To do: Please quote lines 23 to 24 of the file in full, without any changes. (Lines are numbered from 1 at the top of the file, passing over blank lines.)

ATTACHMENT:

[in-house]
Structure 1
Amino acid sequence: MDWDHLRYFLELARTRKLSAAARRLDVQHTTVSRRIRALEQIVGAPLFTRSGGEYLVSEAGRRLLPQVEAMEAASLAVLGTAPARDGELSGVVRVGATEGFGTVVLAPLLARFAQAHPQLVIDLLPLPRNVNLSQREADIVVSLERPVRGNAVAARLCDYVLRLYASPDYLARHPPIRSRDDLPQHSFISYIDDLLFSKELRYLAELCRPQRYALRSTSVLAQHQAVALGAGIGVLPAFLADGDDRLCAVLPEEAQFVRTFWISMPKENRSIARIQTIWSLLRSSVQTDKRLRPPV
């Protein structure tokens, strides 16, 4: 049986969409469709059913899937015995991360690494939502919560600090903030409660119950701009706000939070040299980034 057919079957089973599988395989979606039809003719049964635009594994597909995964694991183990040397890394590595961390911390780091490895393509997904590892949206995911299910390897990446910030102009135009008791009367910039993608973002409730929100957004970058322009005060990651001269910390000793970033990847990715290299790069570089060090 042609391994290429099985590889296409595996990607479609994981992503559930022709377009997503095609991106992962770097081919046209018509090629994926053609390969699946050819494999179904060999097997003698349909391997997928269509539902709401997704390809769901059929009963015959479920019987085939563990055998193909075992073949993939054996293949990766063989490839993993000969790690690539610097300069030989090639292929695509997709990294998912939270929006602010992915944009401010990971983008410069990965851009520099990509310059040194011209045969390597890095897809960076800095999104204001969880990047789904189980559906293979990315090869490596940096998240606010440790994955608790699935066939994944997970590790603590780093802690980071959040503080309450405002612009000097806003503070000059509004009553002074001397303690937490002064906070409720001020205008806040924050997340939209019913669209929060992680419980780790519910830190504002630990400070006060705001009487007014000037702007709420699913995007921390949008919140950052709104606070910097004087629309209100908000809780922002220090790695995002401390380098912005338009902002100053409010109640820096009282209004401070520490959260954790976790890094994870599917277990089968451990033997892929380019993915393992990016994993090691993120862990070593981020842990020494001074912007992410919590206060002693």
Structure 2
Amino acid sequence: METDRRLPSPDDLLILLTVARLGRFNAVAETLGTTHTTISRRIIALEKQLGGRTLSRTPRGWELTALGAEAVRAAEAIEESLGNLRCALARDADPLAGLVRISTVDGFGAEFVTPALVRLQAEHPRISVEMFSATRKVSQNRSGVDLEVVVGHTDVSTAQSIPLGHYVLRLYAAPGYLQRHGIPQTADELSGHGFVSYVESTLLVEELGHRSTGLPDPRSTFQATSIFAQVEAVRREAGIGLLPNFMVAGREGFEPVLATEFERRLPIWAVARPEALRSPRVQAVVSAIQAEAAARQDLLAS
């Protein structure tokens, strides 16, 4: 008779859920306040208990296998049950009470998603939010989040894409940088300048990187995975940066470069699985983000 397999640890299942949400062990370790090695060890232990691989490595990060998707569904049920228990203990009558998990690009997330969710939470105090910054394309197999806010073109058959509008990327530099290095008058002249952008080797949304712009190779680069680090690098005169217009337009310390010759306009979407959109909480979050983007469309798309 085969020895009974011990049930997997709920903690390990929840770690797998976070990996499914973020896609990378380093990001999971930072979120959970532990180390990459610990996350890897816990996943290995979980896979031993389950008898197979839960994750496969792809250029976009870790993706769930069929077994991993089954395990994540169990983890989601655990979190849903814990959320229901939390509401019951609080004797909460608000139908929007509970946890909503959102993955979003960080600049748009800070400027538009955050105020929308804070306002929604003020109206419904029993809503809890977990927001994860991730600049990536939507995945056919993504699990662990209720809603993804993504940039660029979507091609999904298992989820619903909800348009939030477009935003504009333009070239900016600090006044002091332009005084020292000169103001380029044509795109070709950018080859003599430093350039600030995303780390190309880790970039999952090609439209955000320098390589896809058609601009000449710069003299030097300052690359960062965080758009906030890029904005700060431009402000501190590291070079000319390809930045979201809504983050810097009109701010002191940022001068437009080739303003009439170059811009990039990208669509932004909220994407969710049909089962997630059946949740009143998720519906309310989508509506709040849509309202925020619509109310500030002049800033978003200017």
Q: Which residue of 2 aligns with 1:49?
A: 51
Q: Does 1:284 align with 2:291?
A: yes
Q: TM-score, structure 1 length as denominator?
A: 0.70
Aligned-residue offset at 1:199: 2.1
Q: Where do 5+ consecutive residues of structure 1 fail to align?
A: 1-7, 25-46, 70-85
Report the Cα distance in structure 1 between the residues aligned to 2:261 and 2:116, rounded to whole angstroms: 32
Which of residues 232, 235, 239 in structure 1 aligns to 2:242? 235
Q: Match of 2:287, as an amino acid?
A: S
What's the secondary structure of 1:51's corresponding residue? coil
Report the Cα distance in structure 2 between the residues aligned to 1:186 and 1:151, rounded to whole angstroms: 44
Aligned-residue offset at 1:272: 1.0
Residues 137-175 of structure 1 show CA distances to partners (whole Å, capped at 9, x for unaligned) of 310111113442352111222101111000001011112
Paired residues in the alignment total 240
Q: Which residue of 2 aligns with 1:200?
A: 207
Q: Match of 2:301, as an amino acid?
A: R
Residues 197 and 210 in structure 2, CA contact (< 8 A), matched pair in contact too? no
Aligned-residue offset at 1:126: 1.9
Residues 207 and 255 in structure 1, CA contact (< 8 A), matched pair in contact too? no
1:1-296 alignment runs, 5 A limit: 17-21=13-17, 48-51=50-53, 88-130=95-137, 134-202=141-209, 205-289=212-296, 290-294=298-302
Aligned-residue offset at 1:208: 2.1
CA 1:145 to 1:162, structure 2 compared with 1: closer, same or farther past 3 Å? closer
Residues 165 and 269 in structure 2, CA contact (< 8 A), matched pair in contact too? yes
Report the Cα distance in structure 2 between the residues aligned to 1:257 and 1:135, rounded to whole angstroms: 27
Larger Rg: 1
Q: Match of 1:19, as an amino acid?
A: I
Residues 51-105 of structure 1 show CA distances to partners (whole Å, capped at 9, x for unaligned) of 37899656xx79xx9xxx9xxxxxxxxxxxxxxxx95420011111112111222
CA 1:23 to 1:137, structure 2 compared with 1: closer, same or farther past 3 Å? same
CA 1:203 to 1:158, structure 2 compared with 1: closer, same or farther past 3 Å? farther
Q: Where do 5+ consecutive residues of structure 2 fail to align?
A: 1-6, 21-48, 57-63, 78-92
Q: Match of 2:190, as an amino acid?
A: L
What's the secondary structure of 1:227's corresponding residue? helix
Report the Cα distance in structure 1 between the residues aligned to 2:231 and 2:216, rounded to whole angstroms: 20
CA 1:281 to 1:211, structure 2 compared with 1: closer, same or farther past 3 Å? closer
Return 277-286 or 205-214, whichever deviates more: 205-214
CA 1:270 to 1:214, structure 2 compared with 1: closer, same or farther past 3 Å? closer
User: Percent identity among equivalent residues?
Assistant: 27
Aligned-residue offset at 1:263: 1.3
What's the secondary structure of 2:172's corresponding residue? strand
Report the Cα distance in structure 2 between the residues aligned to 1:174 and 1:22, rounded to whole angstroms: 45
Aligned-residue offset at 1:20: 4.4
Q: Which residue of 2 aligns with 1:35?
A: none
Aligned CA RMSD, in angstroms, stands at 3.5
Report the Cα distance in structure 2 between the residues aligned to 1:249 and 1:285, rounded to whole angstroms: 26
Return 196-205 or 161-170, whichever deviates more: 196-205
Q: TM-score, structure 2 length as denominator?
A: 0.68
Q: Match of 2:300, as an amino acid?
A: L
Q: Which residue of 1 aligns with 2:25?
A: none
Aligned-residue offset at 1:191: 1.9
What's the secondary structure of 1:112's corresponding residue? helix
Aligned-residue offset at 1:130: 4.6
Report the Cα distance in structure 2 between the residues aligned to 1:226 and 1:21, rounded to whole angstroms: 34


Aligned-residue offset at 1:272: 1.0
Residues 137-175 of structure 1 show CA distances to partners (whole Å, capped at 9, x for unaligned) of 310111113442352111222101111000001011112